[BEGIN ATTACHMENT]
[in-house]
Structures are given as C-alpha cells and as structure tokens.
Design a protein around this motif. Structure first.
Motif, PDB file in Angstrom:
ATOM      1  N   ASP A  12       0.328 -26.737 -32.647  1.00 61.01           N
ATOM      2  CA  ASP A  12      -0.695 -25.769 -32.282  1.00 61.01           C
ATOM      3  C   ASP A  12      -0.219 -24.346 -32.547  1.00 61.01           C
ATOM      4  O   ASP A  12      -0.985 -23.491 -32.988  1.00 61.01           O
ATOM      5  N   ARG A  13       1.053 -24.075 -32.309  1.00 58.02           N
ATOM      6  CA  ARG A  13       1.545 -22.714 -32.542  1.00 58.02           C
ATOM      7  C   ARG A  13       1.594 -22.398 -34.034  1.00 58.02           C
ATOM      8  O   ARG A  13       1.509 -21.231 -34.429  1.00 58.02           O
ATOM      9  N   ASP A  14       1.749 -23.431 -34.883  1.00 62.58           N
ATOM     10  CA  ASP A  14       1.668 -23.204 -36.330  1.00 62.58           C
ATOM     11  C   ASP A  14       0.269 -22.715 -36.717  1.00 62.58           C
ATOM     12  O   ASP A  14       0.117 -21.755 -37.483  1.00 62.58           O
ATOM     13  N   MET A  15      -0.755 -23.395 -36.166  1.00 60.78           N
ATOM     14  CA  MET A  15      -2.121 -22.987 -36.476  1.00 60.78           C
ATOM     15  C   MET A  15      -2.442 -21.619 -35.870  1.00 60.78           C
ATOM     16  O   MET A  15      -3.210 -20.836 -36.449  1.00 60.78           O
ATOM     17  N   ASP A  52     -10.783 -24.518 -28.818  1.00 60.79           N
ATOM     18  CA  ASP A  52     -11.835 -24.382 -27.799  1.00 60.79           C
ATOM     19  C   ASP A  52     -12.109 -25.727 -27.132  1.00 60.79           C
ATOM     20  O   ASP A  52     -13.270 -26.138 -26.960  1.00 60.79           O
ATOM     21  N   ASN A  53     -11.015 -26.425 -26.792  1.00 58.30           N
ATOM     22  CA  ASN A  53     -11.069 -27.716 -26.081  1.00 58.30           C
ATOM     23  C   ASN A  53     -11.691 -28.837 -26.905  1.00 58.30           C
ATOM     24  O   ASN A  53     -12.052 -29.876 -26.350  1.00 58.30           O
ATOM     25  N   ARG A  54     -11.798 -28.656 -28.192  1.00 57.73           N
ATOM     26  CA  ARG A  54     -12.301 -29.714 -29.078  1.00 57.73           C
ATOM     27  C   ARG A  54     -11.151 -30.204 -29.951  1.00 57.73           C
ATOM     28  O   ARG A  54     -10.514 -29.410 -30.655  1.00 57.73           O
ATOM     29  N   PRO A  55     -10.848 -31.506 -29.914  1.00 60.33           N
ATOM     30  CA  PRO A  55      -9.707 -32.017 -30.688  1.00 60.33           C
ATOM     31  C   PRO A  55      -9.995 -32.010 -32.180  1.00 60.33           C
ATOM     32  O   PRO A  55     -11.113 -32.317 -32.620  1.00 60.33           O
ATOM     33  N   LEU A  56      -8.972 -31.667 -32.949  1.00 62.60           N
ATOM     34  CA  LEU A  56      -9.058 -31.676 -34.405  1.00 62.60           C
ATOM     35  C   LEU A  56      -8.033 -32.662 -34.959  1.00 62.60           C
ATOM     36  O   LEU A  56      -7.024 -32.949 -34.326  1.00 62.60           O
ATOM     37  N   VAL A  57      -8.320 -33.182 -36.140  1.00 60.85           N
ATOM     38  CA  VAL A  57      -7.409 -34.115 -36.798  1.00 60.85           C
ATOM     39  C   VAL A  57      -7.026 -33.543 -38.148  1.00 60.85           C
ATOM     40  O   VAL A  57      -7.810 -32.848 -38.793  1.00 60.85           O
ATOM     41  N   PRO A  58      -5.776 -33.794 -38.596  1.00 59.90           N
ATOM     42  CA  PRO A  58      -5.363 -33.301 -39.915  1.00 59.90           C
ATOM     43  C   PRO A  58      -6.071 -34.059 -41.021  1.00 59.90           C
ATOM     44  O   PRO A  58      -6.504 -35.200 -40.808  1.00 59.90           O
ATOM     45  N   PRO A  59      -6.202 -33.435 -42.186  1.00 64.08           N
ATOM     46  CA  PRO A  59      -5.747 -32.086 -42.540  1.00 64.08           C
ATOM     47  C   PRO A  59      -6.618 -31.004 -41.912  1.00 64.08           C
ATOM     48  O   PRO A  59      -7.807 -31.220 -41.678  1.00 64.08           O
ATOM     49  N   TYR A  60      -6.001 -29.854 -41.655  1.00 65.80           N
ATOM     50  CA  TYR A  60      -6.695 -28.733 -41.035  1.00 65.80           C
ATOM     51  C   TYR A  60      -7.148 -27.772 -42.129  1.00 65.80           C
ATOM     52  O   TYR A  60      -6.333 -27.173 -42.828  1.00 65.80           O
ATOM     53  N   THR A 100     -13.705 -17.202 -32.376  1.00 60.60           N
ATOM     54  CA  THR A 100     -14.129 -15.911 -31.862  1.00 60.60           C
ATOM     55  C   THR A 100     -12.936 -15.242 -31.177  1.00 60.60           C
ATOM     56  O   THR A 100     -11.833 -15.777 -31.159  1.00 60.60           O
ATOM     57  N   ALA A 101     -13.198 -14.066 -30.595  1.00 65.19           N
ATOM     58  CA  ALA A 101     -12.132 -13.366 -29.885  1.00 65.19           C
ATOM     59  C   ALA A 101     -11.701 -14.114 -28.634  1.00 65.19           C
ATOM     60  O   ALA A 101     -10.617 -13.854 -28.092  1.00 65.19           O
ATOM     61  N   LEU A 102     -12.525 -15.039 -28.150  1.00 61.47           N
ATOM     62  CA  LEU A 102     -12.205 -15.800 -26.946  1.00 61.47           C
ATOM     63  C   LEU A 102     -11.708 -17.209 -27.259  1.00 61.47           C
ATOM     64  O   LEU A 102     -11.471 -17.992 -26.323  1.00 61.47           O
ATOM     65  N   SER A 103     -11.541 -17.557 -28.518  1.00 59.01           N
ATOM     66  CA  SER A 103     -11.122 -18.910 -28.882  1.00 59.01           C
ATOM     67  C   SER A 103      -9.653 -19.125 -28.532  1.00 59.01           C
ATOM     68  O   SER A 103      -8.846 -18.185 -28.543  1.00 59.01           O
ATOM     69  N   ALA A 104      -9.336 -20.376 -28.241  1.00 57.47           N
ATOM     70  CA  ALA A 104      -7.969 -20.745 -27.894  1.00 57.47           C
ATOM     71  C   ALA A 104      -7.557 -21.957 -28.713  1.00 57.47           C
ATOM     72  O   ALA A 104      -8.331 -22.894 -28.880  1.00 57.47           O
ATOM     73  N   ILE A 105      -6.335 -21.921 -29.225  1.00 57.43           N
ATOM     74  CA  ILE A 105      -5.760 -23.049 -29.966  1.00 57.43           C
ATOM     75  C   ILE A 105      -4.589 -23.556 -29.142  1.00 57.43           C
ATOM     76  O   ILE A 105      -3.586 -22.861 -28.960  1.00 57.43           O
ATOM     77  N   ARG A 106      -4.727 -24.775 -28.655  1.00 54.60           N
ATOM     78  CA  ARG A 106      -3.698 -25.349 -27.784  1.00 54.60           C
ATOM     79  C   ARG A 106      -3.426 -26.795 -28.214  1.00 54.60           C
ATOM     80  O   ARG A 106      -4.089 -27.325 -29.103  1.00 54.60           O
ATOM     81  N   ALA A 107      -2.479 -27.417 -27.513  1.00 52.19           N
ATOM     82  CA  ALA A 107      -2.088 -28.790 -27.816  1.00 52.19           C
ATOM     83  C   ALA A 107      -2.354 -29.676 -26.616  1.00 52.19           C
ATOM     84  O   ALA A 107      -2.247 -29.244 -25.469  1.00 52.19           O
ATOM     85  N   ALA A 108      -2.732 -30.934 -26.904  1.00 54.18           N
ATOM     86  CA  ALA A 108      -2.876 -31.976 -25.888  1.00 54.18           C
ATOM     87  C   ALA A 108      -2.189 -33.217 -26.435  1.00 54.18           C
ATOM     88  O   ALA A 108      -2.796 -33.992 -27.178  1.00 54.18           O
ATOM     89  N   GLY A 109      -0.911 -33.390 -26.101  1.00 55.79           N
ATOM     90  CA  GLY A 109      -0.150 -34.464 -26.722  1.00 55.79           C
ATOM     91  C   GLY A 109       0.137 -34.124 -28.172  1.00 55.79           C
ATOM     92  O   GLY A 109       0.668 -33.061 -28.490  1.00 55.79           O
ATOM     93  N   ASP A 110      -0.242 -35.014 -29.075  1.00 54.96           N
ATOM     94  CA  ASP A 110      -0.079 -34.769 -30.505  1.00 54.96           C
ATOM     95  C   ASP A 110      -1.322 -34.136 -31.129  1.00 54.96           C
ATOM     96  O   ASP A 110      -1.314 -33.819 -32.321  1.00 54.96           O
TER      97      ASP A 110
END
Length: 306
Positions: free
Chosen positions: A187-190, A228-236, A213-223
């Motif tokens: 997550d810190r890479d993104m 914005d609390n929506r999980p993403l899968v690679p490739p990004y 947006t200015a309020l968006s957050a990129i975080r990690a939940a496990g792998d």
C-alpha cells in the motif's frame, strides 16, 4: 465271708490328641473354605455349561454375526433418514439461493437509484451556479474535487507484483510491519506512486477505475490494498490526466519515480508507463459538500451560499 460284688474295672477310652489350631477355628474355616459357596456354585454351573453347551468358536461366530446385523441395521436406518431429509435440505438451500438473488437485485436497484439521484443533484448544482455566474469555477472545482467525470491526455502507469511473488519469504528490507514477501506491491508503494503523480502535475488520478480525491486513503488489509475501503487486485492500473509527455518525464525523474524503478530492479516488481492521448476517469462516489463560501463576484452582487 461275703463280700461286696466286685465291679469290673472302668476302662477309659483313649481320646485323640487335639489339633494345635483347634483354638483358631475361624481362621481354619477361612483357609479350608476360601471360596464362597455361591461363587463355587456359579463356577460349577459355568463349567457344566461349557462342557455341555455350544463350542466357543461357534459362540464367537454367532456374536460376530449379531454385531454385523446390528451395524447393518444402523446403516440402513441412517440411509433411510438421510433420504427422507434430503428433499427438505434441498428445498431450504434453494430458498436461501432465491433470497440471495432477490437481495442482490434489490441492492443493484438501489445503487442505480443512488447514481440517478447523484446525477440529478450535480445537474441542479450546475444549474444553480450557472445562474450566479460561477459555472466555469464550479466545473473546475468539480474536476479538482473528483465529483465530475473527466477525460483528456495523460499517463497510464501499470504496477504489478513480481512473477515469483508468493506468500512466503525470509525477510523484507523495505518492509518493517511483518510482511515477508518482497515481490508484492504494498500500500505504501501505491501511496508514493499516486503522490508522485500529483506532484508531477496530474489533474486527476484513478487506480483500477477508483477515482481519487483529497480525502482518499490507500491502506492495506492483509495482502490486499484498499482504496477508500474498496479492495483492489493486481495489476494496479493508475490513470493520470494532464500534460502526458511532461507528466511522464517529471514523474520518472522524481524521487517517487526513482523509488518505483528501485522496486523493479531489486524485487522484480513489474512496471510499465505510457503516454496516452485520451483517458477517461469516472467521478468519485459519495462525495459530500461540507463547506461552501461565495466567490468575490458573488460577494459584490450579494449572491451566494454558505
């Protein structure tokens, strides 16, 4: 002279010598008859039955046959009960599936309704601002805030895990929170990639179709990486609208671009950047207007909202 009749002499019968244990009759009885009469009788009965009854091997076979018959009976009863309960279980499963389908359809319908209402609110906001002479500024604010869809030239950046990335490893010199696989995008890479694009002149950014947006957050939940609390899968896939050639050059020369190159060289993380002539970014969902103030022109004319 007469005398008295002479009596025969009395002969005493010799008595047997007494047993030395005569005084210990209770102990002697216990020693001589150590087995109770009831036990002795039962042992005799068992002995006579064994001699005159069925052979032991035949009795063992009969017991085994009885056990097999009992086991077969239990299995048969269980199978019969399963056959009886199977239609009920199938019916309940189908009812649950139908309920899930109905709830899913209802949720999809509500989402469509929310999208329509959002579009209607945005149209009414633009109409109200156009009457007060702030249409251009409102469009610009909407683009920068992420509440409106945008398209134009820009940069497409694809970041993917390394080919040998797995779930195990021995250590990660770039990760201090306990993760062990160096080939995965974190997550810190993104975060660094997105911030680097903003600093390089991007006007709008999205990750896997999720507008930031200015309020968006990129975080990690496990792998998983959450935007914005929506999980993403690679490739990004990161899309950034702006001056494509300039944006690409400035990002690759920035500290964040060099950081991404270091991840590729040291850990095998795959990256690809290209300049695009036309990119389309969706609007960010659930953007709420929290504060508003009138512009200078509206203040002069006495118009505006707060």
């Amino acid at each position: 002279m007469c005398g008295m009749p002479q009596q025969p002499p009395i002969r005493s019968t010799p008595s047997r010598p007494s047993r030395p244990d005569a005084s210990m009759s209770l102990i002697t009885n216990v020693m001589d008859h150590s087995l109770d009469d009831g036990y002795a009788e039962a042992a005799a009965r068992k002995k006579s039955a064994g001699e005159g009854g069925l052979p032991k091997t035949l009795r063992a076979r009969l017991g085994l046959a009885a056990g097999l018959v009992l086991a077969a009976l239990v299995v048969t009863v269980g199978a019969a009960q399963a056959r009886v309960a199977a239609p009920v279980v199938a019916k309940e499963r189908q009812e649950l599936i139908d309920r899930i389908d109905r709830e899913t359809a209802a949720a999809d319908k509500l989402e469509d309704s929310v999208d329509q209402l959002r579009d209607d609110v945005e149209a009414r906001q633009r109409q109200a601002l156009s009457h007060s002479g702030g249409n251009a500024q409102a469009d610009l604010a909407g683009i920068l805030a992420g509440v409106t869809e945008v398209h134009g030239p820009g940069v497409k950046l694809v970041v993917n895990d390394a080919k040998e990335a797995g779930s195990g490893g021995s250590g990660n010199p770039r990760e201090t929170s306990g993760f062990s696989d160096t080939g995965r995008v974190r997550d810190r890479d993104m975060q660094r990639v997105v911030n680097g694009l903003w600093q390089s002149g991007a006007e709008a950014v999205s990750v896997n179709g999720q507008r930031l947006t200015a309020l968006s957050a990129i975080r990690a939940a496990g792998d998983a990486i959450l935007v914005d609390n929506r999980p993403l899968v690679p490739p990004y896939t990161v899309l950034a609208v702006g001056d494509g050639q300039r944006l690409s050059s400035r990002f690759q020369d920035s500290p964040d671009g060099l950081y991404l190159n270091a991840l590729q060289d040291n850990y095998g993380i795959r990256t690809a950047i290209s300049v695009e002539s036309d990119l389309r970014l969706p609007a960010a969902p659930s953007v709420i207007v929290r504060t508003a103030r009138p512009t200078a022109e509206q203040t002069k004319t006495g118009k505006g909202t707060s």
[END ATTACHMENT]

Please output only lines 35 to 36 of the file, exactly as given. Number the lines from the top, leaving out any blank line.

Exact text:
ATOM     31  C   PRO A  55      -9.995 -32.010 -32.180  1.00 60.33           C
ATOM     32  O   PRO A  55     -11.113 -32.317 -32.620  1.00 60.33           O